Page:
Rise And Run: How To Become A Morning Runner

Change Your Behavior

“Some people have an internal clock that’s a little longer than 24 hours; they are driven by birth to stay up later and it’s impossible for them to go to bed at 10 in the evening. But for other people it’s a behavioral pattern,” explains Marks. “We get use to watching the nightly news and end up just staying up later, fighting our naturally tendency and then you end up in a pattern of staying up late and waking up late.” It may sound like common sense that if you go to bed earlier, you’ll be able to wake up earlier, but Marks sees many people who continue to fight their late-night drowsiness. Changing this behavior and going to bed when tired can be all some people need in winning the fight with their alarm clock. “If you regularly go to bed and wake up at the same time every day your body can get into that rhythm where it just does it on its own,” explains Marks.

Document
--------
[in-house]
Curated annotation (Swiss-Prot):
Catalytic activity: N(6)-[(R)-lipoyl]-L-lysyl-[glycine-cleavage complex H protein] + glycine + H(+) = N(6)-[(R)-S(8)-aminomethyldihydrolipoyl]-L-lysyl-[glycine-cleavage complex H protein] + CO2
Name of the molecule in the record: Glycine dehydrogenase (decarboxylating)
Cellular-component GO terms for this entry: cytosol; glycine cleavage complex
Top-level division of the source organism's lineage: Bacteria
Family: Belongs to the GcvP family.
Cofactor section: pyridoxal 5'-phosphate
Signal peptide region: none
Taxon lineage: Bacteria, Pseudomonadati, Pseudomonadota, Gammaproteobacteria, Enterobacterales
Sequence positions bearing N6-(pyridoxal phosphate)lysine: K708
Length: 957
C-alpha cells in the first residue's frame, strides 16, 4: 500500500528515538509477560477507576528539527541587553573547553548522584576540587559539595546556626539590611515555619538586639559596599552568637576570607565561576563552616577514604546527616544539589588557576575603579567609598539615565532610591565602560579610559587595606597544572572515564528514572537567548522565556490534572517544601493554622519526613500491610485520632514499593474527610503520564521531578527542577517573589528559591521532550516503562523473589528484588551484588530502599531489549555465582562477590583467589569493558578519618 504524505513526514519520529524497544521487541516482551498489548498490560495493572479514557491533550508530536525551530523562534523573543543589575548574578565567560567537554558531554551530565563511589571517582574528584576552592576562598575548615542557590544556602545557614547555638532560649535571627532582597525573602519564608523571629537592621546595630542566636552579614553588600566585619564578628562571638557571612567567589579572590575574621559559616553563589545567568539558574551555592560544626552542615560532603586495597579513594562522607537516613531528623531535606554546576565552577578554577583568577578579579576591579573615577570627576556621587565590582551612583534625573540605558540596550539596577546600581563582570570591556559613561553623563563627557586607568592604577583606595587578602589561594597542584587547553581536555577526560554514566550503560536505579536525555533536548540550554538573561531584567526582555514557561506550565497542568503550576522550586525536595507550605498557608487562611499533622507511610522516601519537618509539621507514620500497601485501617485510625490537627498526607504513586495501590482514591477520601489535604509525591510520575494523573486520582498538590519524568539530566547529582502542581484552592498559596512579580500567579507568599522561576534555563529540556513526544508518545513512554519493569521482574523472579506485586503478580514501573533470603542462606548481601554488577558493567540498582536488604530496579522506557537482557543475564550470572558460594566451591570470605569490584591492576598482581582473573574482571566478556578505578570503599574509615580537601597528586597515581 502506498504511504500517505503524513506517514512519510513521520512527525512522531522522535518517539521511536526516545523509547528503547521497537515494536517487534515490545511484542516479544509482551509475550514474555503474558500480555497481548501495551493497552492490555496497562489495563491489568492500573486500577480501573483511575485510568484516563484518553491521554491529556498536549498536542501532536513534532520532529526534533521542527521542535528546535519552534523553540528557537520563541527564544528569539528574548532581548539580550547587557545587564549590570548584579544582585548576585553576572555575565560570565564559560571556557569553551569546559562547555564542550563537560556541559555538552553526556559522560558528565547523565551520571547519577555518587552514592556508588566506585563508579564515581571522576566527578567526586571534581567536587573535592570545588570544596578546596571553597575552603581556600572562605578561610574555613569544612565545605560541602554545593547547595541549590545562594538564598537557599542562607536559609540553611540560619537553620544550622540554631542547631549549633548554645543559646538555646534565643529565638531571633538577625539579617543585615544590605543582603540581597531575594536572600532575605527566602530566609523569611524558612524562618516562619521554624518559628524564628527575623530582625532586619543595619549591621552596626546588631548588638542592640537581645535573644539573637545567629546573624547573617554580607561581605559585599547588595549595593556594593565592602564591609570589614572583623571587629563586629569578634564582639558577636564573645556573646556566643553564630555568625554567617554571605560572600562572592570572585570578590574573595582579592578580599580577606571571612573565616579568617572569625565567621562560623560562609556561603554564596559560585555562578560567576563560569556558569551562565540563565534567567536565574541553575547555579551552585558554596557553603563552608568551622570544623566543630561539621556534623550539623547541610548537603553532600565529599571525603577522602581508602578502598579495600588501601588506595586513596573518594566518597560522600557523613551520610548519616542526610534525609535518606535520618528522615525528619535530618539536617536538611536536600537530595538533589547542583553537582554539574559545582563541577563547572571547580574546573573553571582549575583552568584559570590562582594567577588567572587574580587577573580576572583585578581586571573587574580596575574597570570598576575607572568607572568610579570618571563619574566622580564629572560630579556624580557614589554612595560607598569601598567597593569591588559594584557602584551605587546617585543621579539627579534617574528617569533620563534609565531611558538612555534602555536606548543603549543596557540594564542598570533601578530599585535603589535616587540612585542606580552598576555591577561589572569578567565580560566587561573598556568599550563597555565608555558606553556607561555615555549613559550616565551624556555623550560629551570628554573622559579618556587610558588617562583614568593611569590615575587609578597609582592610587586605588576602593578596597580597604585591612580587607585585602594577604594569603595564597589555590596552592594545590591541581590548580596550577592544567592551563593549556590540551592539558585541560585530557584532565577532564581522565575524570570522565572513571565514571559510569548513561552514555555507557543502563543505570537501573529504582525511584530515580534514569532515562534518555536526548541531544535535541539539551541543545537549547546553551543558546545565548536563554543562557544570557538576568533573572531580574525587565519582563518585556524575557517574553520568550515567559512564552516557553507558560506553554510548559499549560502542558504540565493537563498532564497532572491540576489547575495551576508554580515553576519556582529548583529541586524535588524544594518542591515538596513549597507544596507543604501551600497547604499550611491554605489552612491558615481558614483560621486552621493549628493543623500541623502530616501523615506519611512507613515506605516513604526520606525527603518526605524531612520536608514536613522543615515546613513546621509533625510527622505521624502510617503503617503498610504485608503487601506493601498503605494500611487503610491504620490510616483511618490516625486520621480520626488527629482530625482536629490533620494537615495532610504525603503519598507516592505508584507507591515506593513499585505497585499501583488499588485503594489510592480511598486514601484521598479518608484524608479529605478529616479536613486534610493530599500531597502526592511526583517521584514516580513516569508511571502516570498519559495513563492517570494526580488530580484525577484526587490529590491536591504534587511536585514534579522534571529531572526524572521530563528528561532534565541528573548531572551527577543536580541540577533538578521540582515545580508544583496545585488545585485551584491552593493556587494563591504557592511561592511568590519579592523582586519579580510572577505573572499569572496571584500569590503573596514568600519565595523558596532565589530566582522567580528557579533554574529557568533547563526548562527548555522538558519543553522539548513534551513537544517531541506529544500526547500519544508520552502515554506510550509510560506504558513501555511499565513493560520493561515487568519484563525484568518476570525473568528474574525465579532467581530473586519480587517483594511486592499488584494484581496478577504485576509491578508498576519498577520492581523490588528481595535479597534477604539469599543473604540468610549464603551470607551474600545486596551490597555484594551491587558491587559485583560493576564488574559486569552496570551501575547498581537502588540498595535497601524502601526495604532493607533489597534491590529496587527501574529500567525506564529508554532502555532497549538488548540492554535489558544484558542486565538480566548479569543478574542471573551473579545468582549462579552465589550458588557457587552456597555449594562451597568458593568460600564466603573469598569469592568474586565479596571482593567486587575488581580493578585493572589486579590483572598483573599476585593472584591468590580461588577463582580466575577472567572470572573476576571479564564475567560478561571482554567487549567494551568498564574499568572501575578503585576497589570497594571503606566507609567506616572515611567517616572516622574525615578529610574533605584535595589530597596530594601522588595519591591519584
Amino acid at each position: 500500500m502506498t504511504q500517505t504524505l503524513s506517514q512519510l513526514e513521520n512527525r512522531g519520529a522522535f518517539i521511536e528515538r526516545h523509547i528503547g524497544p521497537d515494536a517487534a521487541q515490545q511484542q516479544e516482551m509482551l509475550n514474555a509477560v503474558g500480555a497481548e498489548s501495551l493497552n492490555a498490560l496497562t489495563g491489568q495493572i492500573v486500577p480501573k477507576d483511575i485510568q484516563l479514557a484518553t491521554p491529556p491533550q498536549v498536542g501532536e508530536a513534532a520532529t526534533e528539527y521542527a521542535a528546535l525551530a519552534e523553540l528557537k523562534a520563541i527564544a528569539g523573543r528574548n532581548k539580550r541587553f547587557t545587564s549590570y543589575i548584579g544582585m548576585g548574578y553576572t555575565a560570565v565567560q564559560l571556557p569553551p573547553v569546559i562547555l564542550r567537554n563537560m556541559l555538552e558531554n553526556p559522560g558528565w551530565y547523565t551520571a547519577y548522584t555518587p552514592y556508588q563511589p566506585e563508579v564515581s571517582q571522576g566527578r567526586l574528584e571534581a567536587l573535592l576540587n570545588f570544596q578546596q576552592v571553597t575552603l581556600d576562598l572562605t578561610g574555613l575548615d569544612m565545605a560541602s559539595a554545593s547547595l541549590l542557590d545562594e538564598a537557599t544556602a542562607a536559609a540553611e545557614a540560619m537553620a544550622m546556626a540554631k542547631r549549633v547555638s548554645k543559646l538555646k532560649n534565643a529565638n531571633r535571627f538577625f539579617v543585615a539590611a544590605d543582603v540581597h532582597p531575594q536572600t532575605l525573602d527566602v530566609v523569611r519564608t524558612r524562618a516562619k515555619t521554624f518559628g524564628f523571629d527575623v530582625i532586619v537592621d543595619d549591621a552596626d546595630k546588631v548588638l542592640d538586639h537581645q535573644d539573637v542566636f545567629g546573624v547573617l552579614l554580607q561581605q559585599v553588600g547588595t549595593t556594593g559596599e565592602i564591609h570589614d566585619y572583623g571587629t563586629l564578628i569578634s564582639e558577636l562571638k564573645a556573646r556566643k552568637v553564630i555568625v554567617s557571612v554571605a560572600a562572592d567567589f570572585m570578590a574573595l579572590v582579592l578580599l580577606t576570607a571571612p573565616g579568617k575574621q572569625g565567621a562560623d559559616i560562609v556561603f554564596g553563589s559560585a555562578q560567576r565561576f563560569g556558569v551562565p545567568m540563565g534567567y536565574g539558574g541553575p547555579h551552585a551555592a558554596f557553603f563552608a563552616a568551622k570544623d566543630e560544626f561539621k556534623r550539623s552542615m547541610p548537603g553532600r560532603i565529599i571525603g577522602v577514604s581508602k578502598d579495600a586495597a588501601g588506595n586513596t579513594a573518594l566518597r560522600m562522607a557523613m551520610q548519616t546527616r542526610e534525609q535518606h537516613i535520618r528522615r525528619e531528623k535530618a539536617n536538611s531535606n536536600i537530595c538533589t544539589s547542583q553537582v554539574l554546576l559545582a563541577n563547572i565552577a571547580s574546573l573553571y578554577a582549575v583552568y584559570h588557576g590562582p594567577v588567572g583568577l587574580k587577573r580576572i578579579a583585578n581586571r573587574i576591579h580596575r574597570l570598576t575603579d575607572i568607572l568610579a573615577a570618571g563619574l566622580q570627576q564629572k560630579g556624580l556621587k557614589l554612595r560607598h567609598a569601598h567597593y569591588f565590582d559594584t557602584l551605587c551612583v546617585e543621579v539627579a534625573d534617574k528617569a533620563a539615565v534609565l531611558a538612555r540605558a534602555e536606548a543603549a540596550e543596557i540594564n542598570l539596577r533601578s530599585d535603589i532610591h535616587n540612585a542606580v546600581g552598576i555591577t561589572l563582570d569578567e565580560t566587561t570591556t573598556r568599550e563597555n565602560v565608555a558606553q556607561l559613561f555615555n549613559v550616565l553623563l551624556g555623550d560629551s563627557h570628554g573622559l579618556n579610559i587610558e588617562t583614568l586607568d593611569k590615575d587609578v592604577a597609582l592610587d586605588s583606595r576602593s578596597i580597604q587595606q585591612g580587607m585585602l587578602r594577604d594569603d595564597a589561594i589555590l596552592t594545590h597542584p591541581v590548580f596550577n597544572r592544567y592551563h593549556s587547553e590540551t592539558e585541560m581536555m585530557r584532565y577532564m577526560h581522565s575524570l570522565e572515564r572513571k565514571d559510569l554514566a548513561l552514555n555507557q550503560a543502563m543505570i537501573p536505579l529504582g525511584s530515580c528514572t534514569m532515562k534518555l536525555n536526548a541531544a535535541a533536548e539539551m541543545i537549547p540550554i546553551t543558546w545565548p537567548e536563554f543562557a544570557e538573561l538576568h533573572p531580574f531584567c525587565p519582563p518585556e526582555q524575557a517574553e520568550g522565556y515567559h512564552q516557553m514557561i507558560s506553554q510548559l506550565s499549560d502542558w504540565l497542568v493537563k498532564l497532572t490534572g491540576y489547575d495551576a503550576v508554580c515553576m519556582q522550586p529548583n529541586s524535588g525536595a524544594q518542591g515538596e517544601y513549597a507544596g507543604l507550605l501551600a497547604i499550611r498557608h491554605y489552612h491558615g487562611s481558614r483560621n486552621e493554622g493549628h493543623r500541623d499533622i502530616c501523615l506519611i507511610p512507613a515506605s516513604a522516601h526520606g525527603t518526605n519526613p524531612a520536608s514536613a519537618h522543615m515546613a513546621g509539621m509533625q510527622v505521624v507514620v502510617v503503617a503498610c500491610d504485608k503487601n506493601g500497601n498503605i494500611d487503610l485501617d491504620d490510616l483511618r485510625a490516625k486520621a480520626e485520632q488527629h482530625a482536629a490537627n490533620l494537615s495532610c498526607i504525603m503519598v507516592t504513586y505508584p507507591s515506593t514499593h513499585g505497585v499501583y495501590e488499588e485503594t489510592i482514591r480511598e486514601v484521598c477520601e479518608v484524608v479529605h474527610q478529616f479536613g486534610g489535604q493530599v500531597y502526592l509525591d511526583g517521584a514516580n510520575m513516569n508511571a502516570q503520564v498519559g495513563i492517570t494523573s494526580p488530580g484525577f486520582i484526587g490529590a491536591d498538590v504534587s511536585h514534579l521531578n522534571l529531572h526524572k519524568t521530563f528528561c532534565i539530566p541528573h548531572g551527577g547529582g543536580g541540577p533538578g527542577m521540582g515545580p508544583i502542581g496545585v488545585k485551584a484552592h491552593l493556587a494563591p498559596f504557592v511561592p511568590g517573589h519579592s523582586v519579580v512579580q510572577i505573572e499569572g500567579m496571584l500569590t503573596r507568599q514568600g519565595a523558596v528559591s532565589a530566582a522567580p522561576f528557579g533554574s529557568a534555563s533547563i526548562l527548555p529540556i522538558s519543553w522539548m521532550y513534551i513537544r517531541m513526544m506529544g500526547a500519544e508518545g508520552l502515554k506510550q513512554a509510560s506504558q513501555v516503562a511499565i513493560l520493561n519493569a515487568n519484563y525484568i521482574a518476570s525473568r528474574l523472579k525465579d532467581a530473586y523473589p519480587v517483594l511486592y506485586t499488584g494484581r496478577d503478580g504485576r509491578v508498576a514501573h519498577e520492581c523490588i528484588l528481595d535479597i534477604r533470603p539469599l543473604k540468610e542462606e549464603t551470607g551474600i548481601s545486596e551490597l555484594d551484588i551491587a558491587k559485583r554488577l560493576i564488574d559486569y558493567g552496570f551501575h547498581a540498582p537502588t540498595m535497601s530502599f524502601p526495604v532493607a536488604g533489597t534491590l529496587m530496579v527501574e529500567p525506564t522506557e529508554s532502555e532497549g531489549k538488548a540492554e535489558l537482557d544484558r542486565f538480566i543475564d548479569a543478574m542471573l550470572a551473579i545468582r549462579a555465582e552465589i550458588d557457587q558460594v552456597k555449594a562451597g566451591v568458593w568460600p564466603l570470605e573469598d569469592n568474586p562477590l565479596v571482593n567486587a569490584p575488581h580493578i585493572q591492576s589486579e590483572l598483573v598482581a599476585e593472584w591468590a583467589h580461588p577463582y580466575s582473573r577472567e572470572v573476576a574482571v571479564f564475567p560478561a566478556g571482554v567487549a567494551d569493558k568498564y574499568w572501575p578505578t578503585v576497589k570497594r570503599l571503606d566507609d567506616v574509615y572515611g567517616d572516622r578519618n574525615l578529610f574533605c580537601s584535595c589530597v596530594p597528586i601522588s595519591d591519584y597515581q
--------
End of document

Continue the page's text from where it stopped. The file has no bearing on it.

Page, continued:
Marks notes that a runner already has something going for them in becoming a morning person—running allows you to get more deep sleep and helps you wake up ready to tackle the day. “Exercise does tend to make your sleep more efficient,” she explains. “And getting more deep sleep contributes to waking up feeling rested.”

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